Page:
Why This Matters


    According to the Project Management Institute, by 2027, there will be over 800,000 new project management jobs in the U.S., with approximately 22 million new jobs total worldwide.


    Employment of administrative services managers, who oversee personnel and operations in a variety of settings, is expected to grow by 7% by 2028, faster than the average for all jobs.


    The average annual salary for managers is $104,240, with the potential for a higher salary depending on the industry. By comparison, the median annual salary for all jobs is $38,640.

Our Research

This list focuses on Master of Business Administration (MBA) degrees with a concentration in project management. An MBA covers foundational and advanced business and management principles, combined with knowledge and skills tailored to a specific area of expertise.

We focused on programs that are delivered fully or primarily online to ensure the greatest accessibility for the highest number of students. In instances where programs are available both online and on-campus, students may be able to complete their degree as a hybrid program.

This list includes both regionally and nationally accredited schools. Many programs also have specialized accreditation through bodies like the Association to Advance Collegiate Schools of Business (AACSB) and the Accreditation Council for Business Schools and Programs (ACBSP).

We evaluated each program based on reputation, outcomes, flexibility, faculty, and cost. Then, we calculated an Intelligent Score on a scale of 0 to 100 for each program. For a more extensive explanation, check out Our Ranking Methodology.

  • 64 hours to write this article
  • 193 universities and colleges we assessed
  • 291 education programs we compared

The Top 41 Online MBA in Project Management Programs

Best Online MBA in Project Management Degree Programs
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What You Should Know About This Degree

Being a successful project manager means seeing a project through from conception to close. Project managers must be able to stay organized, solve problems creatively, communicate effectively, and work collaboratively. When considering a career as a project manager, it’s important to reflect on your personal strengths to determine if you have the right aptitudes for this job.

Earning an MBA in project management is just one way to enter or advance in the project management field. You can also earn a Master of Science (MS) degree, which will have a more research-focused approach that may include completing a thesis. There are also a number of graduate certificate programs offering project management education. These types of programs tend to have a faster completion time and cost less, although they do not result in the granting of a full degree. When deciding which type of project management program you want to pursue, think about what your ultimate career goals are and the type of education that will best prepare you.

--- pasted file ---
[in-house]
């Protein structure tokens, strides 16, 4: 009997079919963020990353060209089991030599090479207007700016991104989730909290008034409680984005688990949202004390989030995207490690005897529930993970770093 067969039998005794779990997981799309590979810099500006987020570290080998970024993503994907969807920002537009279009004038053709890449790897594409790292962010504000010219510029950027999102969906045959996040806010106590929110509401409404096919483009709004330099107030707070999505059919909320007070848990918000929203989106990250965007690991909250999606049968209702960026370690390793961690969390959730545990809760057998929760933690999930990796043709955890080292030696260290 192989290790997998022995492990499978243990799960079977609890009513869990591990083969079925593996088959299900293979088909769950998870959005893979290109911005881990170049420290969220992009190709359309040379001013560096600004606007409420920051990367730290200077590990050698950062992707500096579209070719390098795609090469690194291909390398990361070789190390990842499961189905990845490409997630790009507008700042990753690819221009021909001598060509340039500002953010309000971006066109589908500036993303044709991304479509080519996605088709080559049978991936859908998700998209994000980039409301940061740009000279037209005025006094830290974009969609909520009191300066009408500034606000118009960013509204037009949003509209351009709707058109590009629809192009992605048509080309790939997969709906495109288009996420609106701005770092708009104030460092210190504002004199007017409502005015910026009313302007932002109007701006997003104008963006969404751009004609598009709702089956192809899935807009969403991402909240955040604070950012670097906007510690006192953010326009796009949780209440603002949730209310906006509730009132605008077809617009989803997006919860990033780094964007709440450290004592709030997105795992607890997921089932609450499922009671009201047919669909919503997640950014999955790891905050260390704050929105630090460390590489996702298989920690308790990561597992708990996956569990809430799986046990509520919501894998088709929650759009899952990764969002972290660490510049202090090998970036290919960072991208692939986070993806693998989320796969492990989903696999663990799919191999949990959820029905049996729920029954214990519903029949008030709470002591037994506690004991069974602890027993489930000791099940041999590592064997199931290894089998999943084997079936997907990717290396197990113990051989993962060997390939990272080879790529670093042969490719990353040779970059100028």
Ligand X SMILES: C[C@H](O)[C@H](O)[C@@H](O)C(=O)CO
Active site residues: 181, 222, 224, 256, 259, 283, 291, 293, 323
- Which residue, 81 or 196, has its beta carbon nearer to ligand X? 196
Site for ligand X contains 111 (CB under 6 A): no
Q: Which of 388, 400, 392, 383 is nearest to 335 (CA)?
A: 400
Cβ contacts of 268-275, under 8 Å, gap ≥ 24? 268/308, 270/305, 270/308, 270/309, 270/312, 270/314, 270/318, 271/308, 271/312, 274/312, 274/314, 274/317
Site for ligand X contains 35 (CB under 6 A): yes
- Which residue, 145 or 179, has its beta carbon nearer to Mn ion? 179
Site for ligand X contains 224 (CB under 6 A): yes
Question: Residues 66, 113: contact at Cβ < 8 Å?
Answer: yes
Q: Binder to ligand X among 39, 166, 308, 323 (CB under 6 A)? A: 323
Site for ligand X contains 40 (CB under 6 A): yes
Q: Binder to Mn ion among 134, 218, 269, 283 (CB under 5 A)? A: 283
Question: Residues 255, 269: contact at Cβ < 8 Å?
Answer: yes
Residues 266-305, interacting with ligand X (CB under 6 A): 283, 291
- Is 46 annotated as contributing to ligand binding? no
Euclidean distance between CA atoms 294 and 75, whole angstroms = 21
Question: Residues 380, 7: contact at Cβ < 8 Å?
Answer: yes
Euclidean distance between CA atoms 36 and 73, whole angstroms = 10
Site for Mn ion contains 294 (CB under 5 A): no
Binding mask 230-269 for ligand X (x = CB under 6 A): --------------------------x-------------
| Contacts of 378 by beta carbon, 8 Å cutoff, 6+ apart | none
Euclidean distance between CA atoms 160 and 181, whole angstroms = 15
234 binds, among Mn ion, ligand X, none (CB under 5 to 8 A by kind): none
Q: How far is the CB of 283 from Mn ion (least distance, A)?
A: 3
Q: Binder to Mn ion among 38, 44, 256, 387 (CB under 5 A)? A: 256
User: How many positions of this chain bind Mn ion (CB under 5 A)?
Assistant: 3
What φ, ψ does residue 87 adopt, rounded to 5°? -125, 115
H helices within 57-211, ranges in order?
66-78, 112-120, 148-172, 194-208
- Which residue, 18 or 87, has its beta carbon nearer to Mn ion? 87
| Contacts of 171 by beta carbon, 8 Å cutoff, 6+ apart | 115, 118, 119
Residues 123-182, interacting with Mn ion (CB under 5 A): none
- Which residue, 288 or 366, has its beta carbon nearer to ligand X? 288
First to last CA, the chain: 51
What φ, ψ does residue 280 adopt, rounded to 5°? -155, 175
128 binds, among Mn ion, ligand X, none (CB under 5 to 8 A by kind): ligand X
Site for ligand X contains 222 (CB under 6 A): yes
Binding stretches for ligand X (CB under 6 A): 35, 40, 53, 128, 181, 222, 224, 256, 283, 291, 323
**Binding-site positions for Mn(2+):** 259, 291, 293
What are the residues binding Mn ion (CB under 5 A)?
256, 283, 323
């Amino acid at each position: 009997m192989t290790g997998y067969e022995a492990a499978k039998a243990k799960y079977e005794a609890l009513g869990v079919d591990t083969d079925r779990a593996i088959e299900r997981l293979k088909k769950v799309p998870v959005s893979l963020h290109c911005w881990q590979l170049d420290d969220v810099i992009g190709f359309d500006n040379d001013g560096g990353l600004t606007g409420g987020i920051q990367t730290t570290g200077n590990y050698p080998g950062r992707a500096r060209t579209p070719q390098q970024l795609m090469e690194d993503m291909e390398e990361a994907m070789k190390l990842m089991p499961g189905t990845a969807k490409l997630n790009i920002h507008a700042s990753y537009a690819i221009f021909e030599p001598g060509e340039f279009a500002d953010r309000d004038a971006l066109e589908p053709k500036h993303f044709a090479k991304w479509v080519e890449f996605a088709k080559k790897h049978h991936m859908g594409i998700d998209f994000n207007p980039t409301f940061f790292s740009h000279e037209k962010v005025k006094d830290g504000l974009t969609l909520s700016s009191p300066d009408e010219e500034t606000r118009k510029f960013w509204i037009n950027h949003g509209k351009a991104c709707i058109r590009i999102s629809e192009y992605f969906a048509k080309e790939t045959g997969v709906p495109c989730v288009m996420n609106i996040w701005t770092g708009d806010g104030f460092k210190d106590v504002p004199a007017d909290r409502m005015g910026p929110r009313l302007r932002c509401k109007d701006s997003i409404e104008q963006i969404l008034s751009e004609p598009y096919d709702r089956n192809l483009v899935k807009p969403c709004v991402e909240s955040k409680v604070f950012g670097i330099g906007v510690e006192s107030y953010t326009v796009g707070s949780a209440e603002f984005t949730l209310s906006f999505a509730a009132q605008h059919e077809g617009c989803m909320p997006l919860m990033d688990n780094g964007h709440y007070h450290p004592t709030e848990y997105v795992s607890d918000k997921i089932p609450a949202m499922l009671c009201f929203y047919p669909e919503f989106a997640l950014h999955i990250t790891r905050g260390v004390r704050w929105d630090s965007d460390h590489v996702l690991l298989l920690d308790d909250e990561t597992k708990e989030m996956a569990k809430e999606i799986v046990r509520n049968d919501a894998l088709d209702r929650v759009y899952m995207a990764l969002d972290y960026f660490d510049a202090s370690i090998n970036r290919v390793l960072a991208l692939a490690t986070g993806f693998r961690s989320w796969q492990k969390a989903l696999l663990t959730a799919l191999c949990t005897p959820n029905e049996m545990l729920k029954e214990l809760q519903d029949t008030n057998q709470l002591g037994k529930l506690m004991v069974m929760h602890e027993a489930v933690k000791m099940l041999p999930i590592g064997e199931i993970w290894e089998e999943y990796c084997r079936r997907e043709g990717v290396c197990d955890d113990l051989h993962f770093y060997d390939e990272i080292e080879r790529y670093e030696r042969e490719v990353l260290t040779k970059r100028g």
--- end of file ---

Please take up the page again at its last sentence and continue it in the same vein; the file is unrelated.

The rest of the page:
Once you finish your degree, you will likely want to pursue one or more professional certifications in project management. These certifications are voluntary, but they demonstrate to employers your knowledge and commitment to the project management field, making you a more attractive job candidate.

What’s Next?

Here are some questions to ask when researching Online MBA in Project Management programs:

  • Are there any in-person requirements for this program? Although these programs are delivered primarily online, some programs may have in-person requirements, either for on-campus residencies or off-site internships. As you research programs, find out if you will be required to complete any requirements in-person so that you can plan to accommodate them in your schedule and budget.
  • Do I meet the qualifications for this program? Some MBA programs are open to students of all educational and professional backgrounds, while others require students to have an undergraduate degree in business or a related field and/or professional experience. Be sure to review the program’s eligibility requirements before applying to confirm that you meet the program’s minimum qualifications.

At this point, you should also begin gathering application materials, taking any necessary standardized tests like the GRE or GMAT, and considering your options for funding your graduate degree. Financial aid resources include student loans, scholarships, assistantships, and tuition remission or reimbursement benefits from your employer.